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On Approving the Journal

Mar 28, 2019 at 10:59 a.m. ET.

This was a procedural vote. The House is required to approve its previous day’s journal of activities each day, but the journal is never the true subject of these votes. Because the journal is routinely approved, representatives use these votes to appear to be voting for or against their party, whichever is more politically useful, in aggregate vote statistics, knowing that their vote here does not truly matter. These votes may also be used by the majority party to get representatives to the floor or to conduct an informal tally about their position on another matter. That other matter is not made known to the general public.

Totals

All Votes D R
Yea 55%
 
 
216
171
 
45
 
Nay 45%
 
 
179
51
 
128
 
Present
 
 
1
1
 
0
 
Not Voting
 
 
35
11
 
24
 

Passed. Simple Majority Required. Source: house.gov.

Ideology Vote Chart

Key:
Democrat - Yea Republican - Yea Democrat - Nay Republican - Nay
Seat position based on our ideology score.

Cartogram Map

Each hexagon represents one congressional district. Solid hexes are Yea votes.

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Vote Details

Notes: The Speaker’s Vote? “Aye” or “Yea”?
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Statistically Notable Votes

Statistically notable votes are the votes that are most surprising, or least predictable, given how other members of each voter’s party voted and other factors.

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Study Guide

How well do you understand this vote? Use this study guide to find out.

You can find answers to most of the questions below here on the vote page.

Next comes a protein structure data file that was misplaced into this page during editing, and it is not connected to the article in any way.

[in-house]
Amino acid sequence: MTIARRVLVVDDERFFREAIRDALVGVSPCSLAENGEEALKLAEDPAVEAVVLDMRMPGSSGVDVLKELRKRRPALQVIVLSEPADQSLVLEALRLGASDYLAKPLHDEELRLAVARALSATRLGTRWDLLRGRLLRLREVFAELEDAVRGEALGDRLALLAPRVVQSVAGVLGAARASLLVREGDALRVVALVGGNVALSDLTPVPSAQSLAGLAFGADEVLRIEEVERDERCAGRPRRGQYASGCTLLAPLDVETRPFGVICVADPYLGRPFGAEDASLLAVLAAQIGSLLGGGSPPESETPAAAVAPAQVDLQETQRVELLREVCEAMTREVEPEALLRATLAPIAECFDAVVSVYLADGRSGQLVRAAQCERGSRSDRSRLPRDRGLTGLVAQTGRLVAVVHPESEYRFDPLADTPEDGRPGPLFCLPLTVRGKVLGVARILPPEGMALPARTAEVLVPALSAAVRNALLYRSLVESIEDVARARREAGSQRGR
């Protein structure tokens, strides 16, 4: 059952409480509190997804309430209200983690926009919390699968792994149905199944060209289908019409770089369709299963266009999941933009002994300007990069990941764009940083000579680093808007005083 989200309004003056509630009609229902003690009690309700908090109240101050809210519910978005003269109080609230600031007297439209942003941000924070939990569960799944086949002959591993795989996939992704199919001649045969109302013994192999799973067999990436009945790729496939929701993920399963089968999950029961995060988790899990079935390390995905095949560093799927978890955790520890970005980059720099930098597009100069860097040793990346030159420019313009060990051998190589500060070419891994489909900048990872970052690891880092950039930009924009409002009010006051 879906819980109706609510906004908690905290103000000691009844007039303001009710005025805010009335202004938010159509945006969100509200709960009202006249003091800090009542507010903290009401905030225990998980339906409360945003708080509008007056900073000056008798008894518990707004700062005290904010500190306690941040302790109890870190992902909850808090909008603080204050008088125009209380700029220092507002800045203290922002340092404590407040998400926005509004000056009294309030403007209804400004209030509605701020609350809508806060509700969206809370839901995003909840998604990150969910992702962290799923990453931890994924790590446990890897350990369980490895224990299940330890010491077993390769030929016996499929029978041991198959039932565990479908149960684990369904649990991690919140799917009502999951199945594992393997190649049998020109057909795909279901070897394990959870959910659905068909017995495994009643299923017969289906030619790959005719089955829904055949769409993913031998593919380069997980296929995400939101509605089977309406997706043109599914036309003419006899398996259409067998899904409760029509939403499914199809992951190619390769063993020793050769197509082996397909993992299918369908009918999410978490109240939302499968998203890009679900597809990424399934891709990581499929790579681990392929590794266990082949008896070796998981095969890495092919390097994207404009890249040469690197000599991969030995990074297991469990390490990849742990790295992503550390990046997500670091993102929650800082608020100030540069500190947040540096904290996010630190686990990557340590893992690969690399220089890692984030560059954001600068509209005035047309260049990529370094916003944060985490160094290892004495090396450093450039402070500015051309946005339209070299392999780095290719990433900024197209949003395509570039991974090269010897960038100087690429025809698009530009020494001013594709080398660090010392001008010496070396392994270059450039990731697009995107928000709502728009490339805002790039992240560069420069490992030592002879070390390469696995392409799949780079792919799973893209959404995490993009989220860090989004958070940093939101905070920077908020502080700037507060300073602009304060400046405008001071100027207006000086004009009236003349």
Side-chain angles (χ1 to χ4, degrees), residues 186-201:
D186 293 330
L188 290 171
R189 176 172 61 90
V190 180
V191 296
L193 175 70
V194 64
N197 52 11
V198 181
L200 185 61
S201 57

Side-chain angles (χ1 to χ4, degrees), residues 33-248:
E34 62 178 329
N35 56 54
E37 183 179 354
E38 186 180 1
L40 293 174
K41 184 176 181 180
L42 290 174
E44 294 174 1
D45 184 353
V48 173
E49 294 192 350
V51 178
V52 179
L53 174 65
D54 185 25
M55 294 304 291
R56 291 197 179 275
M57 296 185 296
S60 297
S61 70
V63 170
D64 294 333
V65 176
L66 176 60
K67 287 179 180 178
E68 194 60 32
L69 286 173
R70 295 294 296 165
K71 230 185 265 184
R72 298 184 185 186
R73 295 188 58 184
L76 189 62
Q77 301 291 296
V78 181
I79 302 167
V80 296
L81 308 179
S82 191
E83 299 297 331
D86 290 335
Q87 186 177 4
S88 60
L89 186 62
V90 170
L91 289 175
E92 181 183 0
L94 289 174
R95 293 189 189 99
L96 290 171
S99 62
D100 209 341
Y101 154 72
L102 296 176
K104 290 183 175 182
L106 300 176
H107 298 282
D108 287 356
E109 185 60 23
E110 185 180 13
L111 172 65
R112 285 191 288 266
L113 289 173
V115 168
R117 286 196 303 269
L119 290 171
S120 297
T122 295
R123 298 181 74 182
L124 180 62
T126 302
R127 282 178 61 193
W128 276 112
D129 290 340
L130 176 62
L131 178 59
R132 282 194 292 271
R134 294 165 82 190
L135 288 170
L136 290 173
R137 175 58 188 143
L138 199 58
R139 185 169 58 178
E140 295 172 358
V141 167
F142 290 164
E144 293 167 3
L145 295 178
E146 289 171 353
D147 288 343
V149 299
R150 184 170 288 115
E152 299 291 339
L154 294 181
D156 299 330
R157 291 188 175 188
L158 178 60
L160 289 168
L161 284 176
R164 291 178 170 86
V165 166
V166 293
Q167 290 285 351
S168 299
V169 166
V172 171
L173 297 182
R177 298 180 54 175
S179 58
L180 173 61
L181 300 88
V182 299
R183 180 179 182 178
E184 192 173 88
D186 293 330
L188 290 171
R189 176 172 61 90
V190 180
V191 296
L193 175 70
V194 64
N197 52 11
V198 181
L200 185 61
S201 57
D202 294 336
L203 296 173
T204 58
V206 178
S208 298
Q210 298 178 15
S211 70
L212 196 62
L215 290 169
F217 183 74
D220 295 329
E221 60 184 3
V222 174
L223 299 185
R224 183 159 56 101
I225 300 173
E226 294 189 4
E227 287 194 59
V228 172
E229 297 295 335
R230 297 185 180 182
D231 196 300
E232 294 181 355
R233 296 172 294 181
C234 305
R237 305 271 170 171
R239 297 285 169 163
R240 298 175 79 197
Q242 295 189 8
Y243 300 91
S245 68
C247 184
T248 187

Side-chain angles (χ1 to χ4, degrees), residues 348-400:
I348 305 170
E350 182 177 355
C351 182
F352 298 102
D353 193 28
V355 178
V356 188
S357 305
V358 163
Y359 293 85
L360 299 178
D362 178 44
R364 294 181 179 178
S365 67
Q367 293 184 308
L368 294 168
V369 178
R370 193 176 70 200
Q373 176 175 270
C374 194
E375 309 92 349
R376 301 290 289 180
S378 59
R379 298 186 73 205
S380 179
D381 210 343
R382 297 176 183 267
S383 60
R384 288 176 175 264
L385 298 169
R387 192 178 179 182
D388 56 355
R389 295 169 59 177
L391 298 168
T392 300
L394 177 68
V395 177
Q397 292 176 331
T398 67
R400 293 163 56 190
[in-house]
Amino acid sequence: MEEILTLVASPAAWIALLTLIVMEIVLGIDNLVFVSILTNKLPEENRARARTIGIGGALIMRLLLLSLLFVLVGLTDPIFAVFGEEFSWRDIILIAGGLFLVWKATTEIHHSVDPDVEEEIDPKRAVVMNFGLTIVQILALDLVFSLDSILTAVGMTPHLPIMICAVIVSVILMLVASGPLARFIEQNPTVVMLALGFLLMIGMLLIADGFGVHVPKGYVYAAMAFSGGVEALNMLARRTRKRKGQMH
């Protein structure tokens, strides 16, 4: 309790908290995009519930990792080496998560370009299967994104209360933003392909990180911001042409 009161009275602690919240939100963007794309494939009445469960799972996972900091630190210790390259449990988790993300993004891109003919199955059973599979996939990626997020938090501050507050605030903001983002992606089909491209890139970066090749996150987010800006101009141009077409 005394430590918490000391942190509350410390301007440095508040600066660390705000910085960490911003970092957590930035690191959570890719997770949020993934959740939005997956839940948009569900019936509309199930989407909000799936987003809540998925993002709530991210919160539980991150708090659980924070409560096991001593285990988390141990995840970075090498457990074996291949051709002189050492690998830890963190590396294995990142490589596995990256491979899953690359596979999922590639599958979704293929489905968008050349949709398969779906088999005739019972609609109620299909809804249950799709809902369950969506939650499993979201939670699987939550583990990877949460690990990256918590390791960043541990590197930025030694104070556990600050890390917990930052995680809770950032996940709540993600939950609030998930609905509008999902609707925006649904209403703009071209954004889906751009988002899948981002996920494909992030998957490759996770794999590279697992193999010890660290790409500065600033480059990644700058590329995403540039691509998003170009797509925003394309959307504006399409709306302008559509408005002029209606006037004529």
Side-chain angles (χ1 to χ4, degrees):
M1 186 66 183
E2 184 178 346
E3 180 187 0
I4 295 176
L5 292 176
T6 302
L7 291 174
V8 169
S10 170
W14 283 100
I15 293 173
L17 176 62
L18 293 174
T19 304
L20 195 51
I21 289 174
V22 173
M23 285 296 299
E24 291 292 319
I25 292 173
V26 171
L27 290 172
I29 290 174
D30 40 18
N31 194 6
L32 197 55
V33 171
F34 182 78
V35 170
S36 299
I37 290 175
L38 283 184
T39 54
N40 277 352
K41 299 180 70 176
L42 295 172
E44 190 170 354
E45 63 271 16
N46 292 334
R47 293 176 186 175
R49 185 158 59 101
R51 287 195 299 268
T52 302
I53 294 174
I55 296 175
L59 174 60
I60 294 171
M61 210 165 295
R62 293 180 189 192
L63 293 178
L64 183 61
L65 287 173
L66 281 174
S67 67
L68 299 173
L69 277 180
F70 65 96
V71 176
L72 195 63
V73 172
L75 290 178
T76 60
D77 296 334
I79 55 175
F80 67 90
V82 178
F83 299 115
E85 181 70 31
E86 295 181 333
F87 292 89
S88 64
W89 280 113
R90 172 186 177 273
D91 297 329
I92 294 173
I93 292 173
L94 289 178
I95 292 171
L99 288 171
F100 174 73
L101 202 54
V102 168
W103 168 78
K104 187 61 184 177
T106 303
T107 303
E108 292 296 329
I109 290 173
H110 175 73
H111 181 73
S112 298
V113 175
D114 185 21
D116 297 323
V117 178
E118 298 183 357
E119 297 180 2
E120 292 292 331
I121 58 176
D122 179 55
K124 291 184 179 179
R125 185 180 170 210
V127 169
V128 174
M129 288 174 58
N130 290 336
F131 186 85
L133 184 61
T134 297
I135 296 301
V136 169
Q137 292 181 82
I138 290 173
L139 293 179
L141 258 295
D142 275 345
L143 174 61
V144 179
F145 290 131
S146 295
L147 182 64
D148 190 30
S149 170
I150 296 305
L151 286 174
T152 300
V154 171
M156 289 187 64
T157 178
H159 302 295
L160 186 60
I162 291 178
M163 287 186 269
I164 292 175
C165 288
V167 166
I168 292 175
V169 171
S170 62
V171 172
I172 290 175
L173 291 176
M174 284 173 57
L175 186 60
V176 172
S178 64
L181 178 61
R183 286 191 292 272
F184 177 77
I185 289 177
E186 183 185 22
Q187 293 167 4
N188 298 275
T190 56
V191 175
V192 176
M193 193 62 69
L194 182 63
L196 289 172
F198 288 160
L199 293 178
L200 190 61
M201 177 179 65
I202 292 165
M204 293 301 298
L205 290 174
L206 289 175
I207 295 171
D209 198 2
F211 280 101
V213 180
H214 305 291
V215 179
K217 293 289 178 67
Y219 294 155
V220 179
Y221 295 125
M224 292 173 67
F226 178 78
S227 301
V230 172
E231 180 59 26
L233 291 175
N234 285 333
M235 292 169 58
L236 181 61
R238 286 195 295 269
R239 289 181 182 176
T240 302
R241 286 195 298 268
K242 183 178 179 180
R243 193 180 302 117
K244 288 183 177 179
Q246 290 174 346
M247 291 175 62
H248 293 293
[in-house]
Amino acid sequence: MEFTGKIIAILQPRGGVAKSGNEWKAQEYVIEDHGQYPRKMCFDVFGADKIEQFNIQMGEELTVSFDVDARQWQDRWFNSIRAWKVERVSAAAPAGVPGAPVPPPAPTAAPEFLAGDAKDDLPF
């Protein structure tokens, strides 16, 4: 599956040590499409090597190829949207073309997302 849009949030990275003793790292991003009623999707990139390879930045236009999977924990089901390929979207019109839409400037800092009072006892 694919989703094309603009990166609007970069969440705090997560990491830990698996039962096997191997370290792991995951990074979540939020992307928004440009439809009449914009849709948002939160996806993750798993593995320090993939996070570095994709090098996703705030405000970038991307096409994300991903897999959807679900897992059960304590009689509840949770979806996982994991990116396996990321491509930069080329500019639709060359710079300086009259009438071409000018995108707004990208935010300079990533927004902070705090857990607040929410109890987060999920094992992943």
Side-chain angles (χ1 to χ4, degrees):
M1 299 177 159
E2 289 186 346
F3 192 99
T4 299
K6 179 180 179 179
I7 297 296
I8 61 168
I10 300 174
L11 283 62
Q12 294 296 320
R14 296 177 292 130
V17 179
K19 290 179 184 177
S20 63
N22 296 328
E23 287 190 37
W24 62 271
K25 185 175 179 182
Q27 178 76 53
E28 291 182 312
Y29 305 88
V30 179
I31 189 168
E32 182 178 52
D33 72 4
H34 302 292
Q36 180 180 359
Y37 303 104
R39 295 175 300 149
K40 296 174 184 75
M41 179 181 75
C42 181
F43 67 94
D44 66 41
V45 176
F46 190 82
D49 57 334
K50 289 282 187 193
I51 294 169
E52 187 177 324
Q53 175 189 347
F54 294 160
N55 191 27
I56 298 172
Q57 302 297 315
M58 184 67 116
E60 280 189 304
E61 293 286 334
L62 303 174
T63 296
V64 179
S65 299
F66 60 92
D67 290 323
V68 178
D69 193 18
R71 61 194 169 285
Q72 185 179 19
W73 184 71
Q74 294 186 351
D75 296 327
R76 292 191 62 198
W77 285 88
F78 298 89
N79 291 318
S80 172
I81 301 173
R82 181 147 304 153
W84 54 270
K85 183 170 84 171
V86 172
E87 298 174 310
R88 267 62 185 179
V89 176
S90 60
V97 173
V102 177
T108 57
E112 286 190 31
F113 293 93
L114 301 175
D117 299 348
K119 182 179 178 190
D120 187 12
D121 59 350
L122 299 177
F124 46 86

What was the procedure for this vote?

  1. What was this vote on?
  2. Not all votes are meant to pass legislation. In the Senate some votes are not about legislation at all, since the Senate must vote to confirm presidential nominations to certain federal positions.

    You can learn more about the various motions used in Congress at EveryCRSReport.com. If you aren’t sure what the House was voting on, try seeing if it’s on this list.

What is your analysis of this vote?

  1. What trends do you see in this vote?
  2. Members of Congress side together for many reasons beside being in the same political party, especially so for less prominent legislation or legislation specific to a certain region. What might have determined how the roll call came out in this case? Does it look like Members of Congress voted based on party, geography, or some other reason?

    One tool that will be helpful in answering this question is the cartogram at the top of the page. A cartogram is a stylized map of the United States that shows each district as an identical hexagon. This view allows you to see the how the representatives from each district voted arranged by their geography and colored by their political party. What trends can you see in the cartogram for this vote?

  3. How did your representative vote?
  4. There is one vote here that should be more important to you than all the others. These are the votes cast by your representative, which is meant to represent you and your community. Do you agree with how your representative voted? Why do you think they voted the way they did?

    If you don’t already know who your Members of Congress are you can find them by entering your address here.

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